The Telegraph
Tuesday , February 26 , 2013
Since 1st March, 1999
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Net, mobile fast lane for visa applicants

- Embassy interview holds key to trip approval

Going to United States (US) has got easier, thanks to a new two-step visa application procedure aimed at simplifying the hurdles.

Jonathan Scott, vice consul, US Embassy, New Delhi, came to the American Corner at Indian Institute of Business Management to sort out the queries and clear the misconceptions of students about how to apply for US visa.

“Majority of human resources across the globe are of Indian origin. Students should always be aware of the problems that would come across their way during the visa application procedure.”

Elaborating the two-step procedure, Scott said: “The new system will simplify fee payment and scheduling appointments for individual applicants, businesses and travel agents. It is also more technology-friendly. After filling the form online on, applicants can pay the form fee through cellphone. Applicants can fix appointments on the telephone. Once fixed, the applicant has to fly down to New Delhi for biometric collection and interview. The fee is activated within an hour of payment.”

Emergency appointments are granted on a limited basis for medical and humanitarian reasons. “When applicants request for an expedited appointment through the online system, they get a response within a business day,” said Scott.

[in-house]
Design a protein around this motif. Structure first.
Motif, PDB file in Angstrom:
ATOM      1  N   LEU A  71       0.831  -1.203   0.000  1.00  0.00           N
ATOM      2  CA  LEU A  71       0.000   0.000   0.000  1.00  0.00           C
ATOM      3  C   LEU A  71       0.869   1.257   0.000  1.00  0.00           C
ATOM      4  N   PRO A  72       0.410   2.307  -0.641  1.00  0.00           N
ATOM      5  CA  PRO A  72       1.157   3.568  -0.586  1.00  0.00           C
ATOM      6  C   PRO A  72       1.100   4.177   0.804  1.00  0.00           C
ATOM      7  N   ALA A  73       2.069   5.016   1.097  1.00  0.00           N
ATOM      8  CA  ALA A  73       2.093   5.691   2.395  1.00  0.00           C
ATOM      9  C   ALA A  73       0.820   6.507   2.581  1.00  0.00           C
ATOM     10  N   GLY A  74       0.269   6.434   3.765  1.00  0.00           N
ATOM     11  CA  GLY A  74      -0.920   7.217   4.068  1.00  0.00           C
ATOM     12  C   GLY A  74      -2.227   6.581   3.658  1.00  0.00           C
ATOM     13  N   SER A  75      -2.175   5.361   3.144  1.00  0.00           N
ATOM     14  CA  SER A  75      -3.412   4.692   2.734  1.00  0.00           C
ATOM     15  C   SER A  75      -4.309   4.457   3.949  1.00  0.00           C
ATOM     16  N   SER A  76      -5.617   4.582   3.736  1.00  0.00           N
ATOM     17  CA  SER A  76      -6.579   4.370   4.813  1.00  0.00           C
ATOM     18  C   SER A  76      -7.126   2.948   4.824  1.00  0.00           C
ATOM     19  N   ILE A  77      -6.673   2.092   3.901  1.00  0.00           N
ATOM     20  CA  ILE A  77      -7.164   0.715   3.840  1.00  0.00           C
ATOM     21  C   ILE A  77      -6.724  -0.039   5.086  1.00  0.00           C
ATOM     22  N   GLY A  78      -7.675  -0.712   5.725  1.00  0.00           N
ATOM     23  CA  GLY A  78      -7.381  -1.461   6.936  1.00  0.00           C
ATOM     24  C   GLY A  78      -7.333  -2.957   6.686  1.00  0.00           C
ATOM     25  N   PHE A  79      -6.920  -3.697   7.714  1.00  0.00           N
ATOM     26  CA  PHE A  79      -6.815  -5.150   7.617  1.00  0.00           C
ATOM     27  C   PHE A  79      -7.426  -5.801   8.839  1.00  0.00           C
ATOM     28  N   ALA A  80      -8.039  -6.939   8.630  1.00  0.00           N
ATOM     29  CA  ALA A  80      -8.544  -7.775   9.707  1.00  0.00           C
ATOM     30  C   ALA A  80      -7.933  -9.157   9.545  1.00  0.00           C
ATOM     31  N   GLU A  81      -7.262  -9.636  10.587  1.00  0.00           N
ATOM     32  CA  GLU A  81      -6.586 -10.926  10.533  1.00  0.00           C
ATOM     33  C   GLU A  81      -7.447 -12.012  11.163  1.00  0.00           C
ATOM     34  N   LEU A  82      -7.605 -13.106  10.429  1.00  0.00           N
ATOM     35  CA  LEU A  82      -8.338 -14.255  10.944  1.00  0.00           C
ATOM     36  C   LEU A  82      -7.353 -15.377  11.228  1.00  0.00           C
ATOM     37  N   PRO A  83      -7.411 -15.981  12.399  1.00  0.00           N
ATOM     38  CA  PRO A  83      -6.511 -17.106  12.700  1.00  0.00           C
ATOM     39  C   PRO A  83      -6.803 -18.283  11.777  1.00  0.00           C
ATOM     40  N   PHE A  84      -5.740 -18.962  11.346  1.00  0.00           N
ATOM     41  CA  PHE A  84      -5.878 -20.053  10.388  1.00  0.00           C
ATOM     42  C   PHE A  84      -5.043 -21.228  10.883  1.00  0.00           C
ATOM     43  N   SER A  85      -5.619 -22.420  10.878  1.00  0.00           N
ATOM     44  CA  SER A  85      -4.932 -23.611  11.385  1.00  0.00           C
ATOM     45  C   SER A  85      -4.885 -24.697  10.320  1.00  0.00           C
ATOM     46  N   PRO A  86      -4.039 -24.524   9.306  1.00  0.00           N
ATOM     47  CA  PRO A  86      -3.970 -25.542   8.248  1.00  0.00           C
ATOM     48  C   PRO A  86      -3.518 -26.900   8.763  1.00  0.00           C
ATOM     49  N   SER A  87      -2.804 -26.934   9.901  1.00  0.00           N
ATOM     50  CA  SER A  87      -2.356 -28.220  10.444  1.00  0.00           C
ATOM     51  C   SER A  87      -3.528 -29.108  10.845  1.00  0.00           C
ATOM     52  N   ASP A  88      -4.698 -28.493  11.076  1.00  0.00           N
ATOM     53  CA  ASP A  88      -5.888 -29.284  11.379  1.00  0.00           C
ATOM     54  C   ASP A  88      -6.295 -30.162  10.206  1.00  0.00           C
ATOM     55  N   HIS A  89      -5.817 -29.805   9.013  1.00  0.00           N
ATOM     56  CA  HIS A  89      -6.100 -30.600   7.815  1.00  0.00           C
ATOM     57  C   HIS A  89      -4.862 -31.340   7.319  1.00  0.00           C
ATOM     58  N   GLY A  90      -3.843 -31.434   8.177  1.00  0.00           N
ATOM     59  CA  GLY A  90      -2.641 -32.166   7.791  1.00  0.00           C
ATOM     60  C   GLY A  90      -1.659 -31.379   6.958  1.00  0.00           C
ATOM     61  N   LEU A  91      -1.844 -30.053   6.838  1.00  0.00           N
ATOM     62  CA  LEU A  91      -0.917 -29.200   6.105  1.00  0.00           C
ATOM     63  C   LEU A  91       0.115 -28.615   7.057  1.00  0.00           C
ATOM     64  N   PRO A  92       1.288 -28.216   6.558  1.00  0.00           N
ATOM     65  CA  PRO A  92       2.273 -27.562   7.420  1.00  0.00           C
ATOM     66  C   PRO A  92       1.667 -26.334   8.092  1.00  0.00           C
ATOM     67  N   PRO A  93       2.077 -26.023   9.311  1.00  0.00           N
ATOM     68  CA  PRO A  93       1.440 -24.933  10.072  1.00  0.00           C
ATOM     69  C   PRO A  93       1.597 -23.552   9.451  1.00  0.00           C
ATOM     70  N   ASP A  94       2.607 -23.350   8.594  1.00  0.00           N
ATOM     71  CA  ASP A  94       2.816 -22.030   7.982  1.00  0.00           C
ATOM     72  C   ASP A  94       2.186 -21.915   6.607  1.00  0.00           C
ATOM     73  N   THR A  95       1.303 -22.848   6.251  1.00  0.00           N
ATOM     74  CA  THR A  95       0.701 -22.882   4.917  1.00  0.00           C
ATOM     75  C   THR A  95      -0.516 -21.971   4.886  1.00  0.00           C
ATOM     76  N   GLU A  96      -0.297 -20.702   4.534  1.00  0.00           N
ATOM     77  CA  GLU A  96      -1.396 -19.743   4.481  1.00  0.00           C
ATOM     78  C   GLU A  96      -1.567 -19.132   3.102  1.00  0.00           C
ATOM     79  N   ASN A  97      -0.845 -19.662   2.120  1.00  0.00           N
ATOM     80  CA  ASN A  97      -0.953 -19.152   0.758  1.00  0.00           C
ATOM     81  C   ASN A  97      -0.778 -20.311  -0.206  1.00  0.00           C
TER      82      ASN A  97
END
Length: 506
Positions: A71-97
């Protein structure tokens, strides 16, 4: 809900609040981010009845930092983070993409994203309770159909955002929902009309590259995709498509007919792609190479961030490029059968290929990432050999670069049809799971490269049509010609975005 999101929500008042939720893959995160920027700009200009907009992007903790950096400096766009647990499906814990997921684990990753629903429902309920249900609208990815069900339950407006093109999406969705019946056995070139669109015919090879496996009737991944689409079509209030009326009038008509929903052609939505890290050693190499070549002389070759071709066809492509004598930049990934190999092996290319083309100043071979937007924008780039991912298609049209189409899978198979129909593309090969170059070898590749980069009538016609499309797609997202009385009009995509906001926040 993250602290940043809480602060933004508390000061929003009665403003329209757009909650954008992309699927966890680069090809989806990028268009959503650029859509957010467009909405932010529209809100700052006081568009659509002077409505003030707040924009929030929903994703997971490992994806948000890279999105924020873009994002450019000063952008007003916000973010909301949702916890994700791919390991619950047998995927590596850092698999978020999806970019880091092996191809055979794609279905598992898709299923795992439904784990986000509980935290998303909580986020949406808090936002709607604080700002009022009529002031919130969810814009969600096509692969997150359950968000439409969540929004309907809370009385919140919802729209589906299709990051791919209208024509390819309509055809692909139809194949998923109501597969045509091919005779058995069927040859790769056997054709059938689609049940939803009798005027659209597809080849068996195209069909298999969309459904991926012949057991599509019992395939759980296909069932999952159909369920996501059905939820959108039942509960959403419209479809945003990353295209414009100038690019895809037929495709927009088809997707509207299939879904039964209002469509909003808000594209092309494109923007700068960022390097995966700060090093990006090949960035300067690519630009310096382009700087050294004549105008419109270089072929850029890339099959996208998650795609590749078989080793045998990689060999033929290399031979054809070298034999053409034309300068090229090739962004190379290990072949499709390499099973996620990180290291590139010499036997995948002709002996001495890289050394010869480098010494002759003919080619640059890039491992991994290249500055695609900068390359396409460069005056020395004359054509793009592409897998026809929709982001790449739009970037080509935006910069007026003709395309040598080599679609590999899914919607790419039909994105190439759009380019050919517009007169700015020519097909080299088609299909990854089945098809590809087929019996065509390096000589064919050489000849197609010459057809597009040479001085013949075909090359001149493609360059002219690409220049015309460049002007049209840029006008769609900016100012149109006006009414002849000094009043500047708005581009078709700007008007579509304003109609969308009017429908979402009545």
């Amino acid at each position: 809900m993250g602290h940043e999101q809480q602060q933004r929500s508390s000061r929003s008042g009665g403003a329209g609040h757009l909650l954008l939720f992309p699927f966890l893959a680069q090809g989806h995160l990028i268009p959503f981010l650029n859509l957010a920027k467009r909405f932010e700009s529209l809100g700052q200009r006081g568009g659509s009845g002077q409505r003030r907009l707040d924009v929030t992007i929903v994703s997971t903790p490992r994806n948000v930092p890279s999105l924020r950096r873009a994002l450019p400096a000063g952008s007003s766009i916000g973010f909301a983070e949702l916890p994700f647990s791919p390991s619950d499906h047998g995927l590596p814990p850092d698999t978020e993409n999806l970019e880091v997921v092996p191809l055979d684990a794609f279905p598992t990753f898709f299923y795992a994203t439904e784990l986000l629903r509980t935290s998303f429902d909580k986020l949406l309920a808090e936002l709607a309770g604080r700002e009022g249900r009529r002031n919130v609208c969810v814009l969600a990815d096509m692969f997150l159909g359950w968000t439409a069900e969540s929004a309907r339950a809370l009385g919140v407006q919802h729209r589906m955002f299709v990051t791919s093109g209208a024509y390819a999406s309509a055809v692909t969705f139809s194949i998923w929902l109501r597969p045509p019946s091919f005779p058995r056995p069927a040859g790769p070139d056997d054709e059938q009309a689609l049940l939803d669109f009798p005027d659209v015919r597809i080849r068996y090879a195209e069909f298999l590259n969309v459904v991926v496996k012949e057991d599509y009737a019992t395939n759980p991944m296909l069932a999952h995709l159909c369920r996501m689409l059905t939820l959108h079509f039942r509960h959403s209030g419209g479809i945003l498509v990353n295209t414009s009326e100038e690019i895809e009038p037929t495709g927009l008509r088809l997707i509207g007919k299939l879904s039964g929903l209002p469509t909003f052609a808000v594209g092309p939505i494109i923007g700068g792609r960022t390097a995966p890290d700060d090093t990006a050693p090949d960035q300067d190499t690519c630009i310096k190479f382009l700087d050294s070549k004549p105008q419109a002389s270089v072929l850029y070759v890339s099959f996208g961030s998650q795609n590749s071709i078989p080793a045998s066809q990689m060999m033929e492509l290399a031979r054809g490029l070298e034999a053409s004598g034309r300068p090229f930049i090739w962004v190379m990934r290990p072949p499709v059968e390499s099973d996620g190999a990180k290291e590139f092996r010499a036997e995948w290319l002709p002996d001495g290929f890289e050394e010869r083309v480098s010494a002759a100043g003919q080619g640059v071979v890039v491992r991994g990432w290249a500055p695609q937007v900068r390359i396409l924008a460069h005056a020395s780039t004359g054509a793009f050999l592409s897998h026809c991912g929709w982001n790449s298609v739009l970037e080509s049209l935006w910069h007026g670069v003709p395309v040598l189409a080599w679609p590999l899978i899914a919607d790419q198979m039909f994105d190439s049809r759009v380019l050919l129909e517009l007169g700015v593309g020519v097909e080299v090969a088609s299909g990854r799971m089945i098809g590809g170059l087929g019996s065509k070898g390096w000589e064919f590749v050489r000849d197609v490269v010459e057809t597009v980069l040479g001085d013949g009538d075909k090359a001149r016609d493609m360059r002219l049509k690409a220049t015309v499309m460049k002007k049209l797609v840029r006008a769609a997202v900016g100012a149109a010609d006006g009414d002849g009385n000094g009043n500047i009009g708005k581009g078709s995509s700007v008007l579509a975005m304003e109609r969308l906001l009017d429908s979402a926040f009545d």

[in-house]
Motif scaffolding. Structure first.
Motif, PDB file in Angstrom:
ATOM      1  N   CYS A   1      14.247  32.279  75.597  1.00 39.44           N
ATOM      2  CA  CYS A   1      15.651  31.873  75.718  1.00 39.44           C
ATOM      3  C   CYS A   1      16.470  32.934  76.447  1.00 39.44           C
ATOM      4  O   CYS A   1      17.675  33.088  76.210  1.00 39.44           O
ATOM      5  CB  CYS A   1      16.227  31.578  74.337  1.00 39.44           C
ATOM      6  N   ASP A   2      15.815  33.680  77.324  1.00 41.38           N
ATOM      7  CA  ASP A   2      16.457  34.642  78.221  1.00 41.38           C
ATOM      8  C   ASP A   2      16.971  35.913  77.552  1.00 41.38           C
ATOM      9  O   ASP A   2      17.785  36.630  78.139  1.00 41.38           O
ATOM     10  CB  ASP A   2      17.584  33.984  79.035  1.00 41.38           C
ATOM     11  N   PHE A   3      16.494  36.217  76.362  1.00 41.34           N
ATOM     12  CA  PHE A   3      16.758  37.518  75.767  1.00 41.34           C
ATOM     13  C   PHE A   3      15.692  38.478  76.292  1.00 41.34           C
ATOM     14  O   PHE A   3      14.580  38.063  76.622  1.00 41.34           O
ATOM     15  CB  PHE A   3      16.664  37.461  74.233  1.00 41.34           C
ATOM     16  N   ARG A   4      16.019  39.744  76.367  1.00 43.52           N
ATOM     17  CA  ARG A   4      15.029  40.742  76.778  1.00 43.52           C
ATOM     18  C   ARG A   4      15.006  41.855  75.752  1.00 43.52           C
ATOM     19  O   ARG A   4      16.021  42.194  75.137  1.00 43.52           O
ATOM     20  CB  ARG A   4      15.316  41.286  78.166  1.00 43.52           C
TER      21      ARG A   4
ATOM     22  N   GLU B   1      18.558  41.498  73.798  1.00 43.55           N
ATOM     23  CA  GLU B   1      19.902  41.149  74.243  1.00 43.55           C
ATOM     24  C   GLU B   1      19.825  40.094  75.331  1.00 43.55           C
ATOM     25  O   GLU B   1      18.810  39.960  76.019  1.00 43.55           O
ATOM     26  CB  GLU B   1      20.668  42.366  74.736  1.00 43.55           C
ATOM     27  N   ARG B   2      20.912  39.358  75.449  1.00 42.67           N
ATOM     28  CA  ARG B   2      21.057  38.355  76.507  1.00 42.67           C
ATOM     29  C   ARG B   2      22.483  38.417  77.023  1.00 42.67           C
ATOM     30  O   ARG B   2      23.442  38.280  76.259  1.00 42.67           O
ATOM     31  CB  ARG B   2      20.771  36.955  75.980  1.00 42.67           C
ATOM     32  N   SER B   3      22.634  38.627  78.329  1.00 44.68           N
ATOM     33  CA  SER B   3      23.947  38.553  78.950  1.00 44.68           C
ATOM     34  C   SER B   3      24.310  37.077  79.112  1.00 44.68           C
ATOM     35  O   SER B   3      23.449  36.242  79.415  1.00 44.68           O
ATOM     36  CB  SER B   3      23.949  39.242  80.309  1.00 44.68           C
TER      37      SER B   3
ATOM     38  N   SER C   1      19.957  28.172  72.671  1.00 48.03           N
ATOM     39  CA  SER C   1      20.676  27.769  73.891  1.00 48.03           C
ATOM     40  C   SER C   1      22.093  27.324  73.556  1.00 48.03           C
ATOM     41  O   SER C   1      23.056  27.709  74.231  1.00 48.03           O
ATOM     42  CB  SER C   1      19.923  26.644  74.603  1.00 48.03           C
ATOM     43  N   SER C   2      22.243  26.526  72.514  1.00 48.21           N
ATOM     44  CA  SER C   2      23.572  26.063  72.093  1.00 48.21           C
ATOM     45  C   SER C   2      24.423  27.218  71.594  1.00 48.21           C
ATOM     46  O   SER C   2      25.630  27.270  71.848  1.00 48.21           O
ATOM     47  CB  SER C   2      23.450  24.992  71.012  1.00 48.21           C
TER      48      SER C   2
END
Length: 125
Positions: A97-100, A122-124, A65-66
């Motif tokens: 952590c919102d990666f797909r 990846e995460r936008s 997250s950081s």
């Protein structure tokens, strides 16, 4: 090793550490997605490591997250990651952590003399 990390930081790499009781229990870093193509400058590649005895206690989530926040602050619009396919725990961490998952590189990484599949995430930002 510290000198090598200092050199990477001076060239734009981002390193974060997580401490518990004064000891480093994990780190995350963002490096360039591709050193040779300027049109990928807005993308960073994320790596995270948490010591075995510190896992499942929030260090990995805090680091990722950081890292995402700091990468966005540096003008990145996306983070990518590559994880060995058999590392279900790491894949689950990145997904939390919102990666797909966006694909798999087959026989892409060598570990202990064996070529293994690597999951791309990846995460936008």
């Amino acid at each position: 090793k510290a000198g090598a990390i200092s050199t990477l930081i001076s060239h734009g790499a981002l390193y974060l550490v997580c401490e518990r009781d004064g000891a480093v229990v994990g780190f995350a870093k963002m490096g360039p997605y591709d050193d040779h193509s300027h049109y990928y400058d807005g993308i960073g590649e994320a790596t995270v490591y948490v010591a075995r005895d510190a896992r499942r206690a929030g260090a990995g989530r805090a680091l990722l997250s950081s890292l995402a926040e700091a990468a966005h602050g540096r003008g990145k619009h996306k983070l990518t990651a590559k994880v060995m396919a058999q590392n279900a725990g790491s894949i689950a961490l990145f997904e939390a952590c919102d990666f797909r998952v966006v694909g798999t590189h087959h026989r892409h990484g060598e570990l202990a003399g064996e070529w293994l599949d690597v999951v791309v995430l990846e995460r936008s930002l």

The new system accommodates the scheduling of group and emergency appointments. It benefits companies and travel agents, who purchase multiple fee receipts for group travel. It also reduces the applicant’s waiting time in the visa lobby. “We started the telephonic process to make the process simple. After the passports are ready for pick-up, applicants are notified via email and/or SMS,” said Scott.

Discussing the most common errors owing to which visa applications are turned down or delayed, Scott said: “Few applications are turned down when the applicant fails to overcome the presumption of immigrant intent by establishing that they have sufficient economic and social ties to assure their departure after a limited stay in the United States. Secondly, some applications require administrative processing, which takes additional time. You can check the status of your application on the website.”

Most applicants develop cold feet in the interview round. Scott said: “The interview probably lasts less than three minutes during which the officer might not look at the applicant’s documents. The applicant should always be clear about the purpose of visit and the duration of stay.”

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